Wednesday 2 July 2014

Astro City: Confession Hardcover (Homage, 1997): Signed Graphic Novel by Kurt Busiek, Brent Anderson and Alex Ross

NB: Linked in Friday's Forgotten Books, 4/7/14.

So then. Where was I before I drifted off on that protracted Patricia Highsmith tangent? Ah yes: signed books. Still got plenty of those from my collection to blog about, including a graphic novel or two. Like this one:

Astro City: Confession by Kurt Busiek and Brent Anderson, with cover artwork by Alex Ross, published in hardback by Homage/Image in 1997. This is the second collection of Busiek, Anderson and Ross's still-ongoing – it's now published by DC/Vertigo (and I'm still buying it) – superhero comic book series, which is a kind of extended love letter to the form and an extension of Busiek's preoccupation with the superhero fable as related from the perspective of the common man (or woman) (see also Marvels, 1994, which was illustrated by Ross). The main story collected within still stands as perhaps the best of the entire Astro City run, an exploration of the Batman myth as told from the point of view of a boy sidekick – one Brian Kinney, who arrives in Astro City full of hope and soon finds himself fighting crime alongside the mysterious Confessor.

I must have bought this copy – possibly in London's Forbidden Planet – not long after it was published, which would have been roundabout when I got back into comics after a ten-year break; limited to 1200 copies, the book is signed on the tip-in sheet by all three creators:

I have a particular reason for showing it off now, after all this time – other than it's signed and I've never blogged about it before – which I'll come to shortly, but it's worth dwelling a moment on the collectability of the thing. Unlike other collections of Astro City (including the first one, Life in the Big City), this edition marks the only time the Confession storyline has appeared in hardcover (to date). Accordingly it's quite hard to get hold of, at least affordably: the cheapest copy I can see online at present is north of £150. Of course, price often isn't necessarily a reliable indicator of anything other than the algorithms of Amazon Marketplace, but it does seem that over fifteen years on from publication the Confession hardcover remains an object of desire: witness these enthusiastic posts on it at The Next Great Adventure Blog! and The Alex Ross Collector, the latter of whom was kind enough to scan Alex Ross's jaw-dropping dust jacket design in its glorious entirety:

My other reason for showcasing the book right now is to do with the introduction, which was written by Neil Gaiman – not so much because of what Neil wrote, eloquent and insightful though it is as regards how stories can "mean more than they literally mean", but because Neil has been much on my mind of late. Actually I say "of late": he's been much on my mind for more than three years, i.e. the length of time that I've been editing a just-about-to-be-published (in the UK; it's been out in the US since late May) book called The Art of Neil Gaiman, a lavishly illustrated biography by Hayley Campbell, about which I'll be blogging very soon.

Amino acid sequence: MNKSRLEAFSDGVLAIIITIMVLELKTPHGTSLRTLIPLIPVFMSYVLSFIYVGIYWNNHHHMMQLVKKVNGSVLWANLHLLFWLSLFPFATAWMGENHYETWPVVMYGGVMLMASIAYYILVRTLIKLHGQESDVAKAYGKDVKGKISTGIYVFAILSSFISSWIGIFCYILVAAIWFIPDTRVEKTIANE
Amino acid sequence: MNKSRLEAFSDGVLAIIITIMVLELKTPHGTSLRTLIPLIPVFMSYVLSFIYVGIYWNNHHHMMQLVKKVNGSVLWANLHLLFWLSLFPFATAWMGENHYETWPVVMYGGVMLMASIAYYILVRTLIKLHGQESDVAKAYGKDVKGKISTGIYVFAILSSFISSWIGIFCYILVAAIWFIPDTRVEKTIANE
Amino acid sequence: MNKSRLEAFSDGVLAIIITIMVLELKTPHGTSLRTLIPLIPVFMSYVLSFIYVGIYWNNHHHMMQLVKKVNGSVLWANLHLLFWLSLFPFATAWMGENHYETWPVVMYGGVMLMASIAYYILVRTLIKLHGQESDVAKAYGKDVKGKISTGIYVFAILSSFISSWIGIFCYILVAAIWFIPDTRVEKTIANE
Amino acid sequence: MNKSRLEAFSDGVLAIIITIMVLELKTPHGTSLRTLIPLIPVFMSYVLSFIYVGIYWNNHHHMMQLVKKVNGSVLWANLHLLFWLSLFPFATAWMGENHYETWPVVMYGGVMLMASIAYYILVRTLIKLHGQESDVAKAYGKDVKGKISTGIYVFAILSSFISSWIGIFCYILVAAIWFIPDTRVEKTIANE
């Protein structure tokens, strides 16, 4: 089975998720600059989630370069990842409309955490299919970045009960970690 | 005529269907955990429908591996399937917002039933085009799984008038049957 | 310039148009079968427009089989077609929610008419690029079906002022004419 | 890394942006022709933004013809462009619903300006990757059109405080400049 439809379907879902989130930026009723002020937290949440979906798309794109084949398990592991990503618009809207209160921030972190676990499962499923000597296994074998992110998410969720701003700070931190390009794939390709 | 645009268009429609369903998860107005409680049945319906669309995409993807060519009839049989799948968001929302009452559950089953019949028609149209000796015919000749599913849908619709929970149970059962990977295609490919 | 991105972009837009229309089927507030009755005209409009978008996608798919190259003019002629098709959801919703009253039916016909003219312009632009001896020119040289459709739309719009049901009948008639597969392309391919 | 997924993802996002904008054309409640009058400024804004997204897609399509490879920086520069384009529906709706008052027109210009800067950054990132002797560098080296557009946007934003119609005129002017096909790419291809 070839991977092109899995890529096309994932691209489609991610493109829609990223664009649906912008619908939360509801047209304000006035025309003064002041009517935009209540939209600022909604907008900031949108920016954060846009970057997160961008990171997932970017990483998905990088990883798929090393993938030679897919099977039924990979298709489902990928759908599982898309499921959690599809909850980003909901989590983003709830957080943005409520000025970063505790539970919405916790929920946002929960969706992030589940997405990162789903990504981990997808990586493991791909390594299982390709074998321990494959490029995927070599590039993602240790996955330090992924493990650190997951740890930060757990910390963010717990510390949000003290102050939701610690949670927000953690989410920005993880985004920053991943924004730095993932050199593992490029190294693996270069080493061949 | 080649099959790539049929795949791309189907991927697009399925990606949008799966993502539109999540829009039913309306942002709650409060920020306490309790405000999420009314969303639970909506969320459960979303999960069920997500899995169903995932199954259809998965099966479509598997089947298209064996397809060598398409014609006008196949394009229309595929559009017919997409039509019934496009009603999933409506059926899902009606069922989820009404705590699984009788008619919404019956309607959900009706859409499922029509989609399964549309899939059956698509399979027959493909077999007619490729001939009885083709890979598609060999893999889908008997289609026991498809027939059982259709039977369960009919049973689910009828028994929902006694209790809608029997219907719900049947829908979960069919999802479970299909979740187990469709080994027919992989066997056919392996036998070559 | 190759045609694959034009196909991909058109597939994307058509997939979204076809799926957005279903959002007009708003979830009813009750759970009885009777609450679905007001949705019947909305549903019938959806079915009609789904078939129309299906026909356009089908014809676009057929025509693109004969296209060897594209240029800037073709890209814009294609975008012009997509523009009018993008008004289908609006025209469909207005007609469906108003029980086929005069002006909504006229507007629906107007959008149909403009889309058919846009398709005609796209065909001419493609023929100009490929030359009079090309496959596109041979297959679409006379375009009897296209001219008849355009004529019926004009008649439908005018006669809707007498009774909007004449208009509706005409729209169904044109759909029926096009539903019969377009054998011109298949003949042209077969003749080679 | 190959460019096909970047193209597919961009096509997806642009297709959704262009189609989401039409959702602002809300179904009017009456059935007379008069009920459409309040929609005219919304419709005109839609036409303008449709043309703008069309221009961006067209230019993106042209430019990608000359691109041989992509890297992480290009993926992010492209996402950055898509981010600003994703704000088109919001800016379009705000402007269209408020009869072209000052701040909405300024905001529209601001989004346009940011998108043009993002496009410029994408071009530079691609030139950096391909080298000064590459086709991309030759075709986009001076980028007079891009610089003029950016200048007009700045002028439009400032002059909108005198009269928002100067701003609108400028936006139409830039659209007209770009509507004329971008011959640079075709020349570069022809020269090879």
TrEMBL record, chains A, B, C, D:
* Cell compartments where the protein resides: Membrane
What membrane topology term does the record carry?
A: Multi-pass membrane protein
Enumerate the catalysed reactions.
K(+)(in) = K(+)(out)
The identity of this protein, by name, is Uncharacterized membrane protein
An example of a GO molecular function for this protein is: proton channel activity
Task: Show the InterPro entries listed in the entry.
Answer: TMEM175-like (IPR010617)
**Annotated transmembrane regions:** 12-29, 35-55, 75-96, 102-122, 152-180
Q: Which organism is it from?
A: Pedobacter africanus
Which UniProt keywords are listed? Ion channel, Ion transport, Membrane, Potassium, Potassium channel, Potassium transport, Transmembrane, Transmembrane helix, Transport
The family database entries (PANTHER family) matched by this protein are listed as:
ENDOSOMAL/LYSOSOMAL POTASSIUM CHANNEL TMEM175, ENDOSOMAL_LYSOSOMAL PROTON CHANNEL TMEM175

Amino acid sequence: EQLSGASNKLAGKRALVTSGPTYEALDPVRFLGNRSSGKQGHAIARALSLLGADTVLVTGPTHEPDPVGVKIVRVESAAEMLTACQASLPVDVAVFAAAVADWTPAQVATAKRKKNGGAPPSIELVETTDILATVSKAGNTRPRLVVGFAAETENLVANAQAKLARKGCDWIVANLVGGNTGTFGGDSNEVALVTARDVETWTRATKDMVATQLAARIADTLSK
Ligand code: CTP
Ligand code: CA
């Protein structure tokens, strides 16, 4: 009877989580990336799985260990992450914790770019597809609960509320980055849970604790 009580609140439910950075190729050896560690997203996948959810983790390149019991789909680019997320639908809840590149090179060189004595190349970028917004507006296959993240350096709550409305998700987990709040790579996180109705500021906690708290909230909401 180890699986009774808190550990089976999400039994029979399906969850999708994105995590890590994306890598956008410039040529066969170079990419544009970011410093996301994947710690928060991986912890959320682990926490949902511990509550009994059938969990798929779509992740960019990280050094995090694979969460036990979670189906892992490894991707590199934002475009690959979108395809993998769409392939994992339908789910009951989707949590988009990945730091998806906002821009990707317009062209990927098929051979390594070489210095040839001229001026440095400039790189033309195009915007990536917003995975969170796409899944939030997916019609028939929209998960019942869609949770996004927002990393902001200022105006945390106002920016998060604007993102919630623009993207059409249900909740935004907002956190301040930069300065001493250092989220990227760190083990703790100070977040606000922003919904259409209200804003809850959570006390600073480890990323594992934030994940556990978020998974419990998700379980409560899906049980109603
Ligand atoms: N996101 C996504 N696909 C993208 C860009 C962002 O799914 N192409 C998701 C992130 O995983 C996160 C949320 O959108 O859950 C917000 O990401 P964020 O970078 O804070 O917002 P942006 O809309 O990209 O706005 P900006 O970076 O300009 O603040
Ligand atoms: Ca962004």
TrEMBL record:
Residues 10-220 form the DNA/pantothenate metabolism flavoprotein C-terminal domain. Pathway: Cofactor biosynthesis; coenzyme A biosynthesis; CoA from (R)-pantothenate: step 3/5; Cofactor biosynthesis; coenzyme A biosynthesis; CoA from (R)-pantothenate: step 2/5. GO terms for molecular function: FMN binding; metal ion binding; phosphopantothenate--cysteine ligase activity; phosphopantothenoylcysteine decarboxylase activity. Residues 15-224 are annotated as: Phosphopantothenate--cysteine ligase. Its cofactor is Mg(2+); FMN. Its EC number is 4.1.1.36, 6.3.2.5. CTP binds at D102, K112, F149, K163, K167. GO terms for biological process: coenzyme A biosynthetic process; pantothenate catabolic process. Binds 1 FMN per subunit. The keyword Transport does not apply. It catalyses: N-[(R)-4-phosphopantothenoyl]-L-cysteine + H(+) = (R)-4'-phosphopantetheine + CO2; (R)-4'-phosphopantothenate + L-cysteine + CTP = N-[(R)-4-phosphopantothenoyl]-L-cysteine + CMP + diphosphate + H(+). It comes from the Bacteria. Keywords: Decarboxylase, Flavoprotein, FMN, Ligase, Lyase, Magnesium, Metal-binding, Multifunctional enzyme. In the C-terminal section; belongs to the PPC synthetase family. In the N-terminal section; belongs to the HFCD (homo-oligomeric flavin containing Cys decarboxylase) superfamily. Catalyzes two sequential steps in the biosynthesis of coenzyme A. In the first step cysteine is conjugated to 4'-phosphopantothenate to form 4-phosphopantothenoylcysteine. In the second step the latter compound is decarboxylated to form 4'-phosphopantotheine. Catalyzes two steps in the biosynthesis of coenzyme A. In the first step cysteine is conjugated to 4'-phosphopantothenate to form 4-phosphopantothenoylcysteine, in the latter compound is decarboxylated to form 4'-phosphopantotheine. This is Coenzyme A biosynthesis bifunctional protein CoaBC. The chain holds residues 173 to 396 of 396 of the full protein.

1. I agree with you that this is the best Astro City storyline, which is saying something since for the most part Astro City is amazing.

    I don't read superhero comics much anymore (though I like other comics and devour anything Mike Mignola is involved in.) Busiek writes superhero stories with real heart. That's missing in most mainstream DC/Marvel titles.

  2. There are three comics that I don't miss: Astro City, Fables and Usaki Yojimbo. This is a VG story line, and perhaps it's time to reread it. Thanks for the review!

  3. I don't miss those titles either, unfortunately Fables is ending. But Usagi is coming back after too long of a break. This time he's fighting H.G. Wells's Martians.

    So it's a rabbit samurai against aliens.

  4. Re: Hayley Campbell's Neil Gaiman book: I would have congratulated you earlier if you had mentioned the book more often, but I thought you'd like to hear that it's more or less ubiquitous in bookstores here in New York. Looking forward to reading more about it.

  5. Thank you Matt – and thank you to all of you for the comments. I've just (re)posted something on The Art of Neil Gaiman, should you be interested.